The Farm Boy Vs. the Language Department

 

-          Or, Cross Prof P. at your peril

During my days at the Naval Academy between July 1959 and June 1963 each Midshipman was required to take classes in foreign language during Plebe (freshman) and Youngster (sophomore) years. As I recall the languages offered were Spanish, German, French, Russian, Portuguese and Italian. Choosing which language you wanted to study was the only choice you had during Plebe year. Literally everything else was dictated to you. And if you disagreed with any of the dictates, you were either put on report or sent packing back home with your tail between your legs.

I chose Italian because someone had said it was “the easiest”. What did I know? In my small town Kansas high school language classes were not offered. In fact if you spoke a foreign language in central Kansas in the 1950s other than German, you were eyed with suspicion. Why German? Because the majority of folks who settled in that part of the world in the late 19th and early 20th centuries were German immigrants. It was said that if the German Army marched through any central Kansas town, that most of the inhabitants would finds relatives in the ranks.

My choice of Italian was provident because my Plebe year roommates were Tony DeSantis of Irvington, New Jersey, and Joe Fosella of Brockton, Massachusetts…both of Italian ancestry. In fact Tony had grown up in Naples, Italy, coming to the U.S. at age 12, and was fluent in Italian. Having a roommate like that was music to the ears of a tone deaf farm boy with absolutely no aptitude for languages. Tony saved my language bacon on many an occasion Plebe year.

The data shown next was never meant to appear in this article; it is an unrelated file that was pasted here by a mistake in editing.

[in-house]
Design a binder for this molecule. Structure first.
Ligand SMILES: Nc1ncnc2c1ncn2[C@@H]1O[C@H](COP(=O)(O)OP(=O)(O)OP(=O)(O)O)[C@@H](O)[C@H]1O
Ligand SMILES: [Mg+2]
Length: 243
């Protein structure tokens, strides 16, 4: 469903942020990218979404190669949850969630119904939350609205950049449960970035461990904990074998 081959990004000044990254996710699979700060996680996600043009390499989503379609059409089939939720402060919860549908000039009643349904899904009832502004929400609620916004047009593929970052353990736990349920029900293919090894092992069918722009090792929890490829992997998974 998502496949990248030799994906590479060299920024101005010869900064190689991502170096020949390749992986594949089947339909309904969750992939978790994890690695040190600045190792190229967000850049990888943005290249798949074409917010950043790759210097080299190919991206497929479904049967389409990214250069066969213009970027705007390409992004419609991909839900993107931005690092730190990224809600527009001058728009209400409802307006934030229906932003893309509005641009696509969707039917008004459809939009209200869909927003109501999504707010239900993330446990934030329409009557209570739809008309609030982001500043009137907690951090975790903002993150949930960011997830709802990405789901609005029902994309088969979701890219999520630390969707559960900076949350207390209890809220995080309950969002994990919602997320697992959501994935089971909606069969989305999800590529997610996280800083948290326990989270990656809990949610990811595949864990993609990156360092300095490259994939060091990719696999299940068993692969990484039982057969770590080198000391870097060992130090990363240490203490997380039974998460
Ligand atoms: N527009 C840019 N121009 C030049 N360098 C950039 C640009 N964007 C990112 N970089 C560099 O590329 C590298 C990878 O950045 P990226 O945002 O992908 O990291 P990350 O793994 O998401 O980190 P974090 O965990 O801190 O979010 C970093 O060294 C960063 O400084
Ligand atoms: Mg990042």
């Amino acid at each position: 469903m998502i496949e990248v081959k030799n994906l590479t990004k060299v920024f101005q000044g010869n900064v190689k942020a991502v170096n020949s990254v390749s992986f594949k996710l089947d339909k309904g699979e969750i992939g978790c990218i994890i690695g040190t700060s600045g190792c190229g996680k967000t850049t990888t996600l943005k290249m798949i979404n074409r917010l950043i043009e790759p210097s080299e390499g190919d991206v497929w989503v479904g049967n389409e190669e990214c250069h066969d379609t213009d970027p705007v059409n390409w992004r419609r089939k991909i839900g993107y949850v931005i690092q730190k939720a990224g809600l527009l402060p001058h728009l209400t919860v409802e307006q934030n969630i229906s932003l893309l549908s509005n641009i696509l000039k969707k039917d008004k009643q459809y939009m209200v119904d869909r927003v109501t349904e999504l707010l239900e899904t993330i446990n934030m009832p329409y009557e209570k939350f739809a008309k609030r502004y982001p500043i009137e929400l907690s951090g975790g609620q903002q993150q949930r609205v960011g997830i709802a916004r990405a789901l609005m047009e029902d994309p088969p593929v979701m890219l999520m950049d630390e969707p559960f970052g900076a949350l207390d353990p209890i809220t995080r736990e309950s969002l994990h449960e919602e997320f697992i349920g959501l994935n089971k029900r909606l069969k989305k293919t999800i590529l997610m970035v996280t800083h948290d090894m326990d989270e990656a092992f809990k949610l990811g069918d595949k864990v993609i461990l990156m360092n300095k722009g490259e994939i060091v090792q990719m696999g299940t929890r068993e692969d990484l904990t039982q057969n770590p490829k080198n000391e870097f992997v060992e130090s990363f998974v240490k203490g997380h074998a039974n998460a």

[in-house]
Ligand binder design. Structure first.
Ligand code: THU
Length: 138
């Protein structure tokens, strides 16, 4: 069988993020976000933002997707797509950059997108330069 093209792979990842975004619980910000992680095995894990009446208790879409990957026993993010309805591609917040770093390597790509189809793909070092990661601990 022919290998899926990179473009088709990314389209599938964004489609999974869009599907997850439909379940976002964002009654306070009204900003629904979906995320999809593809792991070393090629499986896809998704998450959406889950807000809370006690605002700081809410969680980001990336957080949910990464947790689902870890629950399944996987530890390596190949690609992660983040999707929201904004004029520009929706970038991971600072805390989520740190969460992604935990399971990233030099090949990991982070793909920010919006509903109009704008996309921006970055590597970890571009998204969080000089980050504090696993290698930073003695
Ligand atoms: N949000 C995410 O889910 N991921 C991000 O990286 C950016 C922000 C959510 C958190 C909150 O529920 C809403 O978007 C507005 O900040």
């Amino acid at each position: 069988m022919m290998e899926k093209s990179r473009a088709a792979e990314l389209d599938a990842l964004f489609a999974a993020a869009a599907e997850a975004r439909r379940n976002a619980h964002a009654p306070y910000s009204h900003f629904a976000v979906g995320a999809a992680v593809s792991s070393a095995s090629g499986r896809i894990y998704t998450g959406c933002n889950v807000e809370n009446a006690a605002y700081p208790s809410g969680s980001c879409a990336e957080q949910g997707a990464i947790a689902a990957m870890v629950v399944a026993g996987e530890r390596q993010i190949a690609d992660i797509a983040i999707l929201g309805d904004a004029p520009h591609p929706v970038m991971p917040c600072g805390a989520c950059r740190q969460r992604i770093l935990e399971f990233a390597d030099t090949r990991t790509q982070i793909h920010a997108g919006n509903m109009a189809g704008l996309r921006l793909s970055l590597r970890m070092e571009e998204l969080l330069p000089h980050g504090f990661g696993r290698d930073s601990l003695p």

In the days before political correctness infected the land, we referred to the Naval Academy Language Department as the “Dago” department, and called our language instruction “Dago” regardless of which language you studied. Ethnic sensitivity was not a priority at USNA in those days. Jary Lewis, a company mate, one time asked Tony what it sounded like when the shit hit the fan. When Tony couldn’t answer Lew replied with…”WOP…Guinea guinea guinea guinea.”

During my two years of Italian our class section had only two instructors. We called them “Profs”. I don’t know if they were actually professors. One was an easy going gentleman named Paul Beadle. He was much beloved by the Midshipmen. One incident I recall explains the kind of guy he was. There was a map of Italy hanging above the blackboard behind the Prof’s desk which rolled up like a window shade. When the Prof wanted to make a point by using the map, he pulled it down. One time Paul pulled it down and taped to the map was a Playboy centerfold in all her naked splendor. One of my classmates had gotten into the room surreptitiously and had put it there. Beadle just laughed. He thought it was great.

The other Prof was something else. Let’s call him Prof P. He was the prototypical Italian. He looked like one of the Italian characters from the Looney Tunes cartoons. He was slightly overweight, had sagging jowls, black slicked back hair, piercing dark eyes and a gigolo mustache. He always looked like he was ready to break into a sweat immediately after taking a shower. He was a firebrand who often cussed us out and called us names when we didn’t meet his strict standards in the study of the Italian language. I don’t know if there were any other Italian Profs in the department. Probably so, but our section never had any but these two.

During the second semester of Plebe year I had a monumental run in with Prof P. that I will never forget. A number of my classmates from our language section haven’t forgotten it either. The incident is remembered at our five year interval reunions by members of my Naval Academy Company, the Sixth, who were in that class section. In fact I write this tale at the urging of one of my classmates fifty years after the fact.

Each academic department at the Naval Academy was headed by a Navy Captain or very senior civilian during my days as a Midshipman. Although I can’t remember his name, the Language Department was led by a Navy Captain. One day he came into our classroom to monitor the goings on. He was seated in the back of the room. I was reciting something at Prof P.’s direction and got all tongue tied and confused, so I just quit and muttered…”To hell with it.” Things proceeded on and nothing seemed remiss to me. The Captain finally got up and left maybe ten minutes later.